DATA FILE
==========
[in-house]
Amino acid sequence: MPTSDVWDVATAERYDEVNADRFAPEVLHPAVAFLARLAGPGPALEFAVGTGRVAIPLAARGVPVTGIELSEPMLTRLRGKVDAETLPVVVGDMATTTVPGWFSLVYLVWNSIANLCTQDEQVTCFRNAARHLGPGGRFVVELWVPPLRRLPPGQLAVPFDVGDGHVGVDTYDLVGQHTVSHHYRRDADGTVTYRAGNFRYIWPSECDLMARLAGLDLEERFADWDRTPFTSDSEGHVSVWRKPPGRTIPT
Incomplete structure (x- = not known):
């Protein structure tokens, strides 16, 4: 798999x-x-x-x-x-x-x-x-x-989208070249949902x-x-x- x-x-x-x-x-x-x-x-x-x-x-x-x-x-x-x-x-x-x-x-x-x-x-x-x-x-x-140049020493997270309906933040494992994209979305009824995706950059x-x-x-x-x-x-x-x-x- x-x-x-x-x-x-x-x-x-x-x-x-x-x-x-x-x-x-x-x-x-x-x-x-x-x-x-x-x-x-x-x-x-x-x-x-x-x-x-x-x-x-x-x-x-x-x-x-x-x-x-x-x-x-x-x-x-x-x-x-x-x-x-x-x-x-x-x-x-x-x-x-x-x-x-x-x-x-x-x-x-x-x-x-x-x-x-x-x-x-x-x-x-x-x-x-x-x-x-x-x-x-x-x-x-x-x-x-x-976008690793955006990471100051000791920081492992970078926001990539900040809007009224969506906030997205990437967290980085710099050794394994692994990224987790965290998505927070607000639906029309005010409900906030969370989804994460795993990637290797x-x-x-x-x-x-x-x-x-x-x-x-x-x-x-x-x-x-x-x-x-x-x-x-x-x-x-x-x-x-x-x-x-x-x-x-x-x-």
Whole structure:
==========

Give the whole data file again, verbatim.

[in-house]
Amino acid sequence: MPTSDVWDVATAERYDEVNADRFAPEVLHPAVAFLARLAGPGPALEFAVGTGRVAIPLAARGVPVTGIELSEPMLTRLRGKVDAETLPVVVGDMATTTVPGWFSLVYLVWNSIANLCTQDEQVTCFRNAARHLGPGGRFVVELWVPPLRRLPPGQLAVPFDVGDGHVGVDTYDLVGQHTVSHHYRRDADGTVTYRAGNFRYIWPSECDLMARLAGLDLEERFADWDRTPFTSDSEGHVSVWRKPPGRTIPT
Incomplete structure (x- = not known):
């Protein structure tokens, strides 16, 4: 798999x-x-x-x-x-x-x-x-x-989208070249949902x-x-x- x-x-x-x-x-x-x-x-x-x-x-x-x-x-x-x-x-x-x-x-x-x-x-x-x-x-x-140049020493997270309906933040494992994209979305009824995706950059x-x-x-x-x-x-x-x-x- x-x-x-x-x-x-x-x-x-x-x-x-x-x-x-x-x-x-x-x-x-x-x-x-x-x-x-x-x-x-x-x-x-x-x-x-x-x-x-x-x-x-x-x-x-x-x-x-x-x-x-x-x-x-x-x-x-x-x-x-x-x-x-x-x-x-x-x-x-x-x-x-x-x-x-x-x-x-x-x-x-x-x-x-x-x-x-x-x-x-x-x-x-x-x-x-x-x-x-x-x-x-x-x-x-x-x-x-x-976008690793955006990471100051000791920081492992970078926001990539900040809007009224969506906030997205990437967290980085710099050794394994692994990224987790965290998505927070607000639906029309005010409900906030969370989804994460795993990637290797x-x-x-x-x-x-x-x-x-x-x-x-x-x-x-x-x-x-x-x-x-x-x-x-x-x-x-x-x-x-x-x-x-x-x-x-x-x-």
Whole structure: